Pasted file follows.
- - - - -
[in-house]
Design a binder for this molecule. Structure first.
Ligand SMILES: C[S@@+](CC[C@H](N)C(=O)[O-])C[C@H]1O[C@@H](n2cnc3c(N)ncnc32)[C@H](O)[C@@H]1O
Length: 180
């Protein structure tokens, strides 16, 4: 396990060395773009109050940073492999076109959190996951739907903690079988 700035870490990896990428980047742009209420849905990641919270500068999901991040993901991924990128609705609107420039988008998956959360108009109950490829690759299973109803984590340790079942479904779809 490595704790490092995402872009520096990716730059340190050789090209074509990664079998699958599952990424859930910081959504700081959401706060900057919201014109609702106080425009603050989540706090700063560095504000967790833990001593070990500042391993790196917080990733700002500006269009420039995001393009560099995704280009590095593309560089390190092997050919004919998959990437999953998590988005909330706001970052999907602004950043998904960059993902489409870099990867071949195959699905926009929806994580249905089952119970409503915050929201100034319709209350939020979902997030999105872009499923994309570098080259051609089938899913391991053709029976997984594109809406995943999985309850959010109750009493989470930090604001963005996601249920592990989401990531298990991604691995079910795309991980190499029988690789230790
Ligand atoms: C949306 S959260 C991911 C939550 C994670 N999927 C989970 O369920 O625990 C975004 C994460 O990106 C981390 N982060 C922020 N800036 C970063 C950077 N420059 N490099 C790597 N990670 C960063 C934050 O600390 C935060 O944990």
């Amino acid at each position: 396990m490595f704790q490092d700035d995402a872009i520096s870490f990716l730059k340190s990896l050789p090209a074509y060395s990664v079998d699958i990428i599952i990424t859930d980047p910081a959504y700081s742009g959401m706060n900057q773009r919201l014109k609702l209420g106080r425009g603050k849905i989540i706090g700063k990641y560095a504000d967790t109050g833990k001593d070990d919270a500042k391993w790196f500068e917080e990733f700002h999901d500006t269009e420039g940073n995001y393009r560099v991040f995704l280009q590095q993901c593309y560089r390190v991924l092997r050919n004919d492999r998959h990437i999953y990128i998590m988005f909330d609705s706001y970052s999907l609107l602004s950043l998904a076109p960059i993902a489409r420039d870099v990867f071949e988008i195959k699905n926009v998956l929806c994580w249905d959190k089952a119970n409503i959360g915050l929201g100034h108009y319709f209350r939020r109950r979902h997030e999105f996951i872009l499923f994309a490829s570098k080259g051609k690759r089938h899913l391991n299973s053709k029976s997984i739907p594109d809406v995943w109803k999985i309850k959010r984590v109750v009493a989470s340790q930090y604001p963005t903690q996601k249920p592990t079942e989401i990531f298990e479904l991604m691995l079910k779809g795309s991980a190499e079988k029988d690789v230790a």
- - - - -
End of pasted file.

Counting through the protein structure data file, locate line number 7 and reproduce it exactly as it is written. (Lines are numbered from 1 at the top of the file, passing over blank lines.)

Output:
């Amino acid at each position: 396990m490595f704790q490092d700035d995402a872009i520096s870490f990716l730059k340190s990896l050789p090209a074509y060395s990664v079998d699958i990428i599952i990424t859930d980047p910081a959504y700081s742009g959401m706060n900057q773009r919201l014109k609702l209420g106080r425009g603050k849905i989540i706090g700063k990641y560095a504000d967790t109050g833990k001593d070990d919270a500042k391993w790196f500068e917080e990733f700002h999901d500006t269009e420039g940073n995001y393009r560099v991040f995704l280009q590095q993901c593309y560089r390190v991924l092997r050919n004919d492999r998959h990437i999953y990128i998590m988005f909330d609705s706001y970052s999907l609107l602004s950043l998904a076109p960059i993902a489409r420039d870099v990867f071949e988008i195959k699905n926009v998956l929806c994580w249905d959190k089952a119970n409503i959360g915050l929201g100034h108009y319709f209350r939020r109950r979902h997030e999105f996951i872009l499923f994309a490829s570098k080259g051609k690759r089938h899913l391991n299973s053709k029976s997984i739907p594109d809406v995943w109803k999985i309850k959010r984590v109750v009493a989470s340790q930090y604001p963005t903690q996601k249920p592990t079942e989401i990531f298990e479904l991604m691995l079910k779809g795309s991980a190499e079988k029988d690789v230790a």